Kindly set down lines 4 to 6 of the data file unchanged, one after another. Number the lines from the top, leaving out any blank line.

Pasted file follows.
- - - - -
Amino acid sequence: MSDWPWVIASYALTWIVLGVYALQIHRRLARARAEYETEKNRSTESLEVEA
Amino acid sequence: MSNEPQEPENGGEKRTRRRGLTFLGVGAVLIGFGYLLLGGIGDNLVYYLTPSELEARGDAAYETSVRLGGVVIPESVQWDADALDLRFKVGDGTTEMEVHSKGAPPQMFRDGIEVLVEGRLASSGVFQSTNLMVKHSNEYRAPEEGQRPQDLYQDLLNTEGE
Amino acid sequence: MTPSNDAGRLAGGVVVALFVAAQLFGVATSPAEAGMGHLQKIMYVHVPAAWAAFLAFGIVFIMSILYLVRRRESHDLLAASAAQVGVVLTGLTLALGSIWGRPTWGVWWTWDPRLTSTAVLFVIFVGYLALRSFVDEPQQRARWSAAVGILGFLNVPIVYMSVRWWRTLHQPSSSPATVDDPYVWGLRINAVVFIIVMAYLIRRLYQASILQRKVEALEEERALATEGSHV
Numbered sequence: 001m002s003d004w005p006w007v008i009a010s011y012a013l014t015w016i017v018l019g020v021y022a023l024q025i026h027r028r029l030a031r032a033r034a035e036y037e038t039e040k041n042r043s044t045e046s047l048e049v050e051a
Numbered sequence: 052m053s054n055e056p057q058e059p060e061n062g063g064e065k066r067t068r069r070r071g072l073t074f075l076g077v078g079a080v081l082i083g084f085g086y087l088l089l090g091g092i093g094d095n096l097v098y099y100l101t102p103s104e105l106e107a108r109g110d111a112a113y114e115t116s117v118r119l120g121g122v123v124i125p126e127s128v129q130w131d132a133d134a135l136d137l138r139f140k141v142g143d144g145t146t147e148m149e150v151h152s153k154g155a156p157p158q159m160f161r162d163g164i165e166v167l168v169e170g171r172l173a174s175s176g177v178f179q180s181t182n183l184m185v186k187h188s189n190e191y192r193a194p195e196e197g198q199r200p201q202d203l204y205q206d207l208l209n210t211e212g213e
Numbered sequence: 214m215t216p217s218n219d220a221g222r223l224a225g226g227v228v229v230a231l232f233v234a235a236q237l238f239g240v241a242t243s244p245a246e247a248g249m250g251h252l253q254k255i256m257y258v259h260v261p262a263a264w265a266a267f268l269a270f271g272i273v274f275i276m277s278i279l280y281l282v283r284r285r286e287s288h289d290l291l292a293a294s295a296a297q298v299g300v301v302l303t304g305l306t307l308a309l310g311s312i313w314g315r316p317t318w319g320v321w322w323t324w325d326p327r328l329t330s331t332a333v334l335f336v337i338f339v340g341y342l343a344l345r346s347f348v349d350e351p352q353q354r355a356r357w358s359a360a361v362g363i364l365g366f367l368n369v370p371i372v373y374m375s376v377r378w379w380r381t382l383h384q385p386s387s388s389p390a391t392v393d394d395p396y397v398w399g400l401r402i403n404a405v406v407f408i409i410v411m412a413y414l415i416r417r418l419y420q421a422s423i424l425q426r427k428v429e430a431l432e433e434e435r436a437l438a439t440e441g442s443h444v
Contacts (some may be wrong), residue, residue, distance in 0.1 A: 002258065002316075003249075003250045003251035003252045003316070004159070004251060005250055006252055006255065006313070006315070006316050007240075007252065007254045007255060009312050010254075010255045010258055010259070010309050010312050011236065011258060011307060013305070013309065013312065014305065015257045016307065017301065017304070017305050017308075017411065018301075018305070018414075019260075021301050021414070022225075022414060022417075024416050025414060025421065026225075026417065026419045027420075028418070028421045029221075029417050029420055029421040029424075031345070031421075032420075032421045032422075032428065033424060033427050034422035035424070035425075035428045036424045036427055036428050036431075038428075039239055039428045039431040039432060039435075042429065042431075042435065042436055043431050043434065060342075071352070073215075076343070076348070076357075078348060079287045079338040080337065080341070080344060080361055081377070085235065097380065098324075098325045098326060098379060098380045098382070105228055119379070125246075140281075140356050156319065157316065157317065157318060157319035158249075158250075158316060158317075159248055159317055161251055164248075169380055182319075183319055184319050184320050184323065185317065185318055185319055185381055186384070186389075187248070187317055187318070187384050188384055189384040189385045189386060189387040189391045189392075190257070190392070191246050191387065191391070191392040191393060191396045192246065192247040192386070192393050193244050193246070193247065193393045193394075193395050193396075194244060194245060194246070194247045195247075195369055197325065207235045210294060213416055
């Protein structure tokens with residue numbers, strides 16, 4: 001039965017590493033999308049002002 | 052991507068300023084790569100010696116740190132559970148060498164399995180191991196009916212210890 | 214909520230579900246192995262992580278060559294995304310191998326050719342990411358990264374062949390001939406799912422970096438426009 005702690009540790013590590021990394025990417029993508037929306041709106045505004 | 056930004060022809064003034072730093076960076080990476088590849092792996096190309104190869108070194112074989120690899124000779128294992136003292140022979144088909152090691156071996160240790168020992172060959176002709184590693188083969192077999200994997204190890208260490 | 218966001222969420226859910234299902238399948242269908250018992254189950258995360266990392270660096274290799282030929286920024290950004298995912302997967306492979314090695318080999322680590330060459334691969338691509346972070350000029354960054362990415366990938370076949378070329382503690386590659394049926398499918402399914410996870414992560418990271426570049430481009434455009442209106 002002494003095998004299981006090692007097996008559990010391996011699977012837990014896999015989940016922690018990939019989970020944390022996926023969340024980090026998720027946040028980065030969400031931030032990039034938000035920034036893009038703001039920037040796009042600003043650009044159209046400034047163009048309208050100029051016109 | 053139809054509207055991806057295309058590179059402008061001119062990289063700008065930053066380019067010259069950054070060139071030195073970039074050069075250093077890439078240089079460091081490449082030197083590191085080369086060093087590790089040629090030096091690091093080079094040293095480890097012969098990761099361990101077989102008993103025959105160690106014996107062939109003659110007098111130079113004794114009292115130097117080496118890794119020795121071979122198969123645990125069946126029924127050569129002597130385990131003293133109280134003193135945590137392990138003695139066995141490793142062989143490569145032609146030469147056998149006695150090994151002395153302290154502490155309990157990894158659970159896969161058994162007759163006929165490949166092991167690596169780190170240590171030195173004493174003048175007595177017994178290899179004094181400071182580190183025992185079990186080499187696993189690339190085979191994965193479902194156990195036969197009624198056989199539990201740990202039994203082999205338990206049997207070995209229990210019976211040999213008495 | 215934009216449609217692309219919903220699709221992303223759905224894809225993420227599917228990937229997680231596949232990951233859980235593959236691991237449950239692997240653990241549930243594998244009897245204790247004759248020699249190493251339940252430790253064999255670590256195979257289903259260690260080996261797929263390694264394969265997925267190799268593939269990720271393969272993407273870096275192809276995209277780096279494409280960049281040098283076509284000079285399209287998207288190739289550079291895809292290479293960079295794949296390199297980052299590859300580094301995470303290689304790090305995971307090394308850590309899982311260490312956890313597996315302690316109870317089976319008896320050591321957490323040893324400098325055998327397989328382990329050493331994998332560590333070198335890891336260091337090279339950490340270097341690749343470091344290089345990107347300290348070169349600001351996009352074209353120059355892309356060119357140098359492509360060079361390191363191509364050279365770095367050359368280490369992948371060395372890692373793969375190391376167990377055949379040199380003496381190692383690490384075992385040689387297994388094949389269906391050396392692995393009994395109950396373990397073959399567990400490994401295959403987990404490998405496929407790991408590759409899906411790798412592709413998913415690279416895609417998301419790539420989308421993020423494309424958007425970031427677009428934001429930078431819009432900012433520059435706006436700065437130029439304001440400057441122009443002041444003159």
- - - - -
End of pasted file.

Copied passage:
Numbered sequence: 001m002s003d004w005p006w007v008i009a010s011y012a013l014t015w016i017v018l019g020v021y022a023l024q025i026h027r028r029l030a031r032a033r034a035e036y037e038t039e040k041n042r043s044t045e046s047l048e049v050e051a
Numbered sequence: 052m053s054n055e056p057q058e059p060e061n062g063g064e065k066r067t068r069r070r071g072l073t074f075l076g077v078g079a080v081l082i083g084f085g086y087l088l089l090g091g092i093g094d095n096l097v098y099y100l101t102p103s104e105l106e107a108r109g110d111a112a113y114e115t116s117v118r119l120g121g122v123v124i125p126e127s128v129q130w131d132a133d134a135l136d137l138r139f140k141v142g143d144g145t146t147e148m149e150v151h152s153k154g155a156p157p158q159m160f161r162d163g164i165e166v167l168v169e170g171r172l173a174s175s176g177v178f179q180s181t182n183l184m185v186k187h188s189n190e191y192r193a194p195e196e197g198q199r200p201q202d203l204y205q206d207l208l209n210t211e212g213e
Numbered sequence: 214m215t216p217s218n219d220a221g222r223l224a225g226g227v228v229v230a231l232f233v234a235a236q237l238f239g240v241a242t243s244p245a246e247a248g249m250g251h252l253q254k255i256m257y258v259h260v261p262a263a264w265a266a267f268l269a270f271g272i273v274f275i276m277s278i279l280y281l282v283r284r285r286e287s288h289d290l291l292a293a294s295a296a297q298v299g300v301v302l303t304g305l306t307l308a309l310g311s312i313w314g315r316p317t318w319g320v321w322w323t324w325d326p327r328l329t330s331t332a333v334l335f336v337i338f339v340g341y342l343a344l345r346s347f348v349d350e351p352q353q354r355a356r357w358s359a360a361v362g363i364l365g366f367l368n369v370p371i372v373y374m375s376v377r378w379w380r381t382l383h384q385p386s387s388s389p390a391t392v393d394d395p396y397v398w399g400l401r402i403n404a405v406v407f408i409i410v411m412a413y414l415i416r417r418l419y420q421a422s423i424l425q426r427k428v429e430a431l432e433e434e435r436a437l438a439t440e441g442s443h444v